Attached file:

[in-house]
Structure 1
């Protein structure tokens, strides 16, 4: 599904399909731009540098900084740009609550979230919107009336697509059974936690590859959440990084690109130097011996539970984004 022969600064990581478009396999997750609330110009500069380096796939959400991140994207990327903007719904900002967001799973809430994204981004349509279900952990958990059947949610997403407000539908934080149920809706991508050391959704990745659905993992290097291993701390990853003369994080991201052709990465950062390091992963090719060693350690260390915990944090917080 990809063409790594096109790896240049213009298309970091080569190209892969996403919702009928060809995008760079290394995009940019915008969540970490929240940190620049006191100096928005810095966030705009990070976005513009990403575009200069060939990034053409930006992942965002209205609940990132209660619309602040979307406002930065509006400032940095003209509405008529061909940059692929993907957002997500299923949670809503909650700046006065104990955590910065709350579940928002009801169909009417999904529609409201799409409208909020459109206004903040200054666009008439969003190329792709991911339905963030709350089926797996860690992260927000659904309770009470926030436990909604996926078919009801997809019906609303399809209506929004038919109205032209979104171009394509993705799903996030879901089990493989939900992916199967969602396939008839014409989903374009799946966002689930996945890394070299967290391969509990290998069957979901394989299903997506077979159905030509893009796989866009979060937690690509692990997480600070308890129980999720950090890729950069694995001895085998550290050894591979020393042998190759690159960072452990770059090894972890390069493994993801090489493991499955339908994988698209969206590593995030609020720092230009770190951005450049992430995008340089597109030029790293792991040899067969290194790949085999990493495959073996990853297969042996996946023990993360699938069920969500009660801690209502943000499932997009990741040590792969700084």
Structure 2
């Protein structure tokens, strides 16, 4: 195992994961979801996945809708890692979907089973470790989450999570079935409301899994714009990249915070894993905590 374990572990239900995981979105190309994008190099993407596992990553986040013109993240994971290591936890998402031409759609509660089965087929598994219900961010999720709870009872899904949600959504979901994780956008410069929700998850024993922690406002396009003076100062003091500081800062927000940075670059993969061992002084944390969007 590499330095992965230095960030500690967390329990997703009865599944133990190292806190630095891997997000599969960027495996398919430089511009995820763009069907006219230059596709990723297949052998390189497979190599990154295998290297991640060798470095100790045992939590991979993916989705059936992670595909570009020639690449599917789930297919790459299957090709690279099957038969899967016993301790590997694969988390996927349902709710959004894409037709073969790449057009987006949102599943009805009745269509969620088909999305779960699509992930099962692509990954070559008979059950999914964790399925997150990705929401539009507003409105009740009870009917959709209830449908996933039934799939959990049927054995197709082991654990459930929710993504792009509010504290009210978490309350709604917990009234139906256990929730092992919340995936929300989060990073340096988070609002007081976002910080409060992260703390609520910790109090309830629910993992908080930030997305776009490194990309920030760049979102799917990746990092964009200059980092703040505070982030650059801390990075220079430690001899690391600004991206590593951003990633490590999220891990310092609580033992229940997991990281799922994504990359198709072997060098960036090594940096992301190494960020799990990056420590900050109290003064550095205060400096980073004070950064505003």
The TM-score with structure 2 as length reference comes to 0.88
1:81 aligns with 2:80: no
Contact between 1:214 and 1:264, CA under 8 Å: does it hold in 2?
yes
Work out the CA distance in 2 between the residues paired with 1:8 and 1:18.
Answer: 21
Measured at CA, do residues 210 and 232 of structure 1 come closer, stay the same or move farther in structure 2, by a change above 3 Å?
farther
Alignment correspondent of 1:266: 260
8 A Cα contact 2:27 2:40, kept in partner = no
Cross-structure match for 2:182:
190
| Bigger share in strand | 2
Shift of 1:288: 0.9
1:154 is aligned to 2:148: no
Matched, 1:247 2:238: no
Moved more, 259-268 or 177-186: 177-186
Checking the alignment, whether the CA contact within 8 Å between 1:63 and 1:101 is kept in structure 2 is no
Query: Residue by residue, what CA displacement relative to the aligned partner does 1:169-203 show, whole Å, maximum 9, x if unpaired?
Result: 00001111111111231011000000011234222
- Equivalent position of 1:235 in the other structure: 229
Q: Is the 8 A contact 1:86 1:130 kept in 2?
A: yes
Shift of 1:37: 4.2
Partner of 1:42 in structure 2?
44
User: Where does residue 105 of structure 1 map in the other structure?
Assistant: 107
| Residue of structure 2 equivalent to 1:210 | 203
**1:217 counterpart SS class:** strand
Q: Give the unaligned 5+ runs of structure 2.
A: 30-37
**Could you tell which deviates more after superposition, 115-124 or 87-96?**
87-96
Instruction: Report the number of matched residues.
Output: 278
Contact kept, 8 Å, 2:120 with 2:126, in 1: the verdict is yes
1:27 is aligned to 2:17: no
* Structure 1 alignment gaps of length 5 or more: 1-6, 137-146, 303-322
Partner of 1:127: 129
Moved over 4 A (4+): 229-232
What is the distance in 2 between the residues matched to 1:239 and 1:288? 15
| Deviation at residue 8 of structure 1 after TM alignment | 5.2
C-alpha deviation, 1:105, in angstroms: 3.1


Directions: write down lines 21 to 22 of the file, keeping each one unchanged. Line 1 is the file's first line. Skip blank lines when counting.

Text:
Matched, 1:247 2:238: no
Moved more, 259-268 or 177-186: 177-186